With Our Own HandsDecember 4, 2013 - 5:00 am
“Joseph had his chariot made ready and went to Goshen to meet his father Israel. As soon as Joseph appeared before him, he threw his arms around his fatherand wept for a long time.”—Genesis 46:29
This Torah portion for this week is Vayigash, which means “and he approached,” from Genesis 44:18–47:27, and the Haftorah is from Ezekiel 37:15–28.
It wasn’t news when I changed my daughter’s diaper for the first time, but when Prince William changed his new son’s diaper, the news went viral! Why? Because princes don’t have to change diapers. They have no shortage of the finest nurses and nannies to do the dirty work. However, when Prince William chose to change a diaper in a grand display of love for his newborn son, the world collectively went, “Awwww . . .”
In this week’s Torah selection, we read about the reunion between Joseph and his father Jacob. The verse informs us that “Joseph had his chariot made ready and went to . . . meet his father.” The Sages notice something in this verse that compels them to comment. They explain that Joseph himself harnessed the horses for the chariot. Why do the Sages feel that this bit of information is important for us to know?
The Sages explain that in the context of who Joseph was, this action was noteworthy. Joseph was royalty, not one to get his hands dirty. Plenty of servants and expert horsemen were available to get the royal chariot ready. However, Joseph chose to be involved because he was on the way to see his father. The Sages explain that Joseph wanted to personally get the chariot ready in order to honor his father.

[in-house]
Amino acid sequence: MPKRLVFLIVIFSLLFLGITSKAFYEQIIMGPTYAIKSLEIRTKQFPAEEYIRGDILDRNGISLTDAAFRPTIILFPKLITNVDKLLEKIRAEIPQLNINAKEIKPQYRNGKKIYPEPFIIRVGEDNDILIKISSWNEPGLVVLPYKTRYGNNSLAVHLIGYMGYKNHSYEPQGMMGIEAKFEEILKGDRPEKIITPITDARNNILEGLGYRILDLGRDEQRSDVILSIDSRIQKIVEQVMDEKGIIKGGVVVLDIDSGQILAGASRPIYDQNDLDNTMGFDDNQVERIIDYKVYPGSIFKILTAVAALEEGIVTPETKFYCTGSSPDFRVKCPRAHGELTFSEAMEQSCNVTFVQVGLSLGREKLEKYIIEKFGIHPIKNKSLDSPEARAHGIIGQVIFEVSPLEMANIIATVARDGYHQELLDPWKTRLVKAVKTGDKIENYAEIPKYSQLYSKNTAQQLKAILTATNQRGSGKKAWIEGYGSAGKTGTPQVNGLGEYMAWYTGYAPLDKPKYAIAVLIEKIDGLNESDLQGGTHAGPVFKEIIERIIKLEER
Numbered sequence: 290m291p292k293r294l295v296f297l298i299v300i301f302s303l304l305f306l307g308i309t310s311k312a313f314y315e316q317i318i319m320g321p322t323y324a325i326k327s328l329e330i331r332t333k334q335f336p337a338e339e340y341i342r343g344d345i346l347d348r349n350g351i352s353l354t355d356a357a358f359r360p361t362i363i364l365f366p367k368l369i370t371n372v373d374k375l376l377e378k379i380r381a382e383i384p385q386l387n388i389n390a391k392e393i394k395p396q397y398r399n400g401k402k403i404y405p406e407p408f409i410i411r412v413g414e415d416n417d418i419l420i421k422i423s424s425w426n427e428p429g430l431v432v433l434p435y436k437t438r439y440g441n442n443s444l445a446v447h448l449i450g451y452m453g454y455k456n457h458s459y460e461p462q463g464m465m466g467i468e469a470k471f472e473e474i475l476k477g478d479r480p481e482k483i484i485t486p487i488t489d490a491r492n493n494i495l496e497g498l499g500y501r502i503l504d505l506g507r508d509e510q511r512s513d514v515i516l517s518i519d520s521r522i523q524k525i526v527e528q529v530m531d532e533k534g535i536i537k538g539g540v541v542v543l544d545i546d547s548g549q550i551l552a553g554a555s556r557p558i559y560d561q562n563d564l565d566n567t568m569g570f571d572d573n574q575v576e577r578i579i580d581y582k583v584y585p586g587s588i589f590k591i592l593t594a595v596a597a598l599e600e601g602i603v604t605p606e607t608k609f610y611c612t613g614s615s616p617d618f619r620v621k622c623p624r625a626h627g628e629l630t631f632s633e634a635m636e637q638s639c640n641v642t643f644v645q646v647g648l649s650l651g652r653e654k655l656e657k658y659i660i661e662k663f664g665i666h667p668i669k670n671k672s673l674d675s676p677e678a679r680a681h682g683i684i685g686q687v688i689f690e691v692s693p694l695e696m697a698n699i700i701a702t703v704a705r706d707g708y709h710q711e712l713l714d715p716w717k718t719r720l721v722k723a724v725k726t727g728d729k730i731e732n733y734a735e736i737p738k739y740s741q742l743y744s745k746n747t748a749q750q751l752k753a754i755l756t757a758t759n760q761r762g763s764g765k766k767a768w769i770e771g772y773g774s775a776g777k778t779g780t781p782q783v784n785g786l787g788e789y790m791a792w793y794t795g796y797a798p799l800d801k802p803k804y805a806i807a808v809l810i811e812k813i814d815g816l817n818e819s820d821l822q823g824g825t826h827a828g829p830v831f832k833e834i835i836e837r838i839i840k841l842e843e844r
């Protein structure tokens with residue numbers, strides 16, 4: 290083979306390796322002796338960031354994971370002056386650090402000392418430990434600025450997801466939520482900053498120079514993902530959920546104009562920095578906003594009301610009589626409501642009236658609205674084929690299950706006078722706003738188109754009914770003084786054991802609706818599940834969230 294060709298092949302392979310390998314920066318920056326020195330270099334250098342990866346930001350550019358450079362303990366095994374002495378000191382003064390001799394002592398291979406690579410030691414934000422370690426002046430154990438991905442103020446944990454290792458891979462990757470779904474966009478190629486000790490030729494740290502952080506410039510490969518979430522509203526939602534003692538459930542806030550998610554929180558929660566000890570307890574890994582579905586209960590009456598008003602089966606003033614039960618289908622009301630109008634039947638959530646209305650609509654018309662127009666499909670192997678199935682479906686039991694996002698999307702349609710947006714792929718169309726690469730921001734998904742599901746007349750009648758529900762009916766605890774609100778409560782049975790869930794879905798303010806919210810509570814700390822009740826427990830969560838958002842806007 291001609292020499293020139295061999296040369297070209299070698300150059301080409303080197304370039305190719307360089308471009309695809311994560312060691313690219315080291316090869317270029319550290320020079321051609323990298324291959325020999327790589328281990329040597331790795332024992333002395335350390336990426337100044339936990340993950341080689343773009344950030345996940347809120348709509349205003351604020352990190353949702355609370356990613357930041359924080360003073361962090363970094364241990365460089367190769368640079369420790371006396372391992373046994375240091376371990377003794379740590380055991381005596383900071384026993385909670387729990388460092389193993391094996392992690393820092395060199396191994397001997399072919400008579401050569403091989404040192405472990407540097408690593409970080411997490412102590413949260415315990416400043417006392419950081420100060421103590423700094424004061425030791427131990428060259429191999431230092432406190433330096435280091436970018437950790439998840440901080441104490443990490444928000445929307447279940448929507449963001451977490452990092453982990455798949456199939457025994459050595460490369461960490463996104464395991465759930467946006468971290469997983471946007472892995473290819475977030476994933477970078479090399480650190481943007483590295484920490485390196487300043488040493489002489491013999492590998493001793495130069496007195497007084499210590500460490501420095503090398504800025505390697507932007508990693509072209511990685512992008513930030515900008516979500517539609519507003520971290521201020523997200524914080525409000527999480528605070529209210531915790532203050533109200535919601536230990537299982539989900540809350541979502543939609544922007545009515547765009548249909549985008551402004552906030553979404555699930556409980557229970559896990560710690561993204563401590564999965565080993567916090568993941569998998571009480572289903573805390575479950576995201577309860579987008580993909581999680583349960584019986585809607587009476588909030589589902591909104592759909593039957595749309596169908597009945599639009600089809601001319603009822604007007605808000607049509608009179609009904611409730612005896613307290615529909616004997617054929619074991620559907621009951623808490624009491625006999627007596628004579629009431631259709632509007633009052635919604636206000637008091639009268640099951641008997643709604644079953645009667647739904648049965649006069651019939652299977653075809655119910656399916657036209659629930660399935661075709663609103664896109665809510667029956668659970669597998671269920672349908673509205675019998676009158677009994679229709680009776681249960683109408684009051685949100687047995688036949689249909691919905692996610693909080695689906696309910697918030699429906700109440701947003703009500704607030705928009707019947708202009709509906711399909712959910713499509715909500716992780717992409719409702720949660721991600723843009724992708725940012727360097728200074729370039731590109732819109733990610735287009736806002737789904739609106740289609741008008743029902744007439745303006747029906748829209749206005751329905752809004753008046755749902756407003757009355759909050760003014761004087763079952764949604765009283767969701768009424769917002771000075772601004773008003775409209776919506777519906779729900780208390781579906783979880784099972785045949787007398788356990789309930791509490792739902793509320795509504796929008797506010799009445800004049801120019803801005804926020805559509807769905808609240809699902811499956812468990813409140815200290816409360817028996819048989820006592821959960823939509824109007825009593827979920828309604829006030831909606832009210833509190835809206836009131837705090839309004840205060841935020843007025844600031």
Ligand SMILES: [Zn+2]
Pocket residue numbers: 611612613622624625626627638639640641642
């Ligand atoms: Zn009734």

We live in a world where it is so easy to pay other people to do the less-than-glamorous stuff in life. We can pay nannies to change diapers and nurses to take care of elderly parents. We have schools that allow us to free ourselves from the burden of educating our children, once considered the exclusive role of parents. We can get take-out for dinner and buy the blankets and sweaters that our grandmothers once made by hand. Even in the realm of helping others, we can easily write a check and have others do the work of feeding the hungry or clothing the poor.
There is nothing wrong with any of these things, and they certainly help us all to be more productive and efficient. However, Joseph teaches us that sometimes, we have to get involved with our own two hands — not because we have to, but because we want to.
This week, take some time to do something hands-on. Whether that means personally feeding an elderly parent, volunteering in a soup kitchen, or getting down on the floor with a child. What you do might depend on your stage of life. But no matter who we are or what we do, there is no substitute for our own two hands. They are an extension of our heart, and the best way to express our love.